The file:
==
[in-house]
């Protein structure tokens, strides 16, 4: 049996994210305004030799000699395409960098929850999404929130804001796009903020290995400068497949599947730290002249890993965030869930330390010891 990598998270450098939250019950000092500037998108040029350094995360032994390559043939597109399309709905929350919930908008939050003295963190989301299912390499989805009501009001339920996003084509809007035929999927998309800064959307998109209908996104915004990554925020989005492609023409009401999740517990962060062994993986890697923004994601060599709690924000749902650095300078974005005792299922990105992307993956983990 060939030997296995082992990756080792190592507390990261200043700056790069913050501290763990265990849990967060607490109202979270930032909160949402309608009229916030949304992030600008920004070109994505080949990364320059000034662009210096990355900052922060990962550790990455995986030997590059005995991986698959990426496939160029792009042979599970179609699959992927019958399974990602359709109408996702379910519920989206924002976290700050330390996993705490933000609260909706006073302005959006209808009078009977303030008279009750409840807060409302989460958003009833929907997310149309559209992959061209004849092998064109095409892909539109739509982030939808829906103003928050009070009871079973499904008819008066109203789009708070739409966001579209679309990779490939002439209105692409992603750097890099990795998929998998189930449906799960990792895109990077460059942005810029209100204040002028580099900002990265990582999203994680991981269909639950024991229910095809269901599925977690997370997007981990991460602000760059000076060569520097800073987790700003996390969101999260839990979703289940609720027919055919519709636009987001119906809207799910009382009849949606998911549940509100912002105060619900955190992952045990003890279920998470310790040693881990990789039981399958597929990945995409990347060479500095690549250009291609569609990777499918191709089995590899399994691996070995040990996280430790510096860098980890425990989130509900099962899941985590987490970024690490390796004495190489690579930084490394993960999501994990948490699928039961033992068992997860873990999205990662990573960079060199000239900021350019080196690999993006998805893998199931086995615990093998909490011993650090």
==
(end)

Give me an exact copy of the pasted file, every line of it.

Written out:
[in-house]
């Protein structure tokens, strides 16, 4: 049996994210305004030799000699395409960098929850999404929130804001796009903020290995400068497949599947730290002249890993965030869930330390010891 990598998270450098939250019950000092500037998108040029350094995360032994390559043939597109399309709905929350919930908008939050003295963190989301299912390499989805009501009001339920996003084509809007035929999927998309800064959307998109209908996104915004990554925020989005492609023409009401999740517990962060062994993986890697923004994601060599709690924000749902650095300078974005005792299922990105992307993956983990 060939030997296995082992990756080792190592507390990261200043700056790069913050501290763990265990849990967060607490109202979270930032909160949402309608009229916030949304992030600008920004070109994505080949990364320059000034662009210096990355900052922060990962550790990455995986030997590059005995991986698959990426496939160029792009042979599970179609699959992927019958399974990602359709109408996702379910519920989206924002976290700050330390996993705490933000609260909706006073302005959006209808009078009977303030008279009750409840807060409302989460958003009833929907997310149309559209992959061209004849092998064109095409892909539109739509982030939808829906103003928050009070009871079973499904008819008066109203789009708070739409966001579209679309990779490939002439209105692409992603750097890099990795998929998998189930449906799960990792895109990077460059942005810029209100204040002028580099900002990265990582999203994680991981269909639950024991229910095809269901599925977690997370997007981990991460602000760059000076060569520097800073987790700003996390969101999260839990979703289940609720027919055919519709636009987001119906809207799910009382009849949606998911549940509100912002105060619900955190992952045990003890279920998470310790040693881990990789039981399958597929990945995409990347060479500095690549250009291609569609990777499918191709089995590899399994691996070995040990996280430790510096860098980890425990989130509900099962899941985590987490970024690490390796004495190489690579930084490394993960999501994990948490699928039961033992068992997860873990999205990662990573960079060199000239900021350019080196690999993006998805893998199931086995615990093998909490011993650090």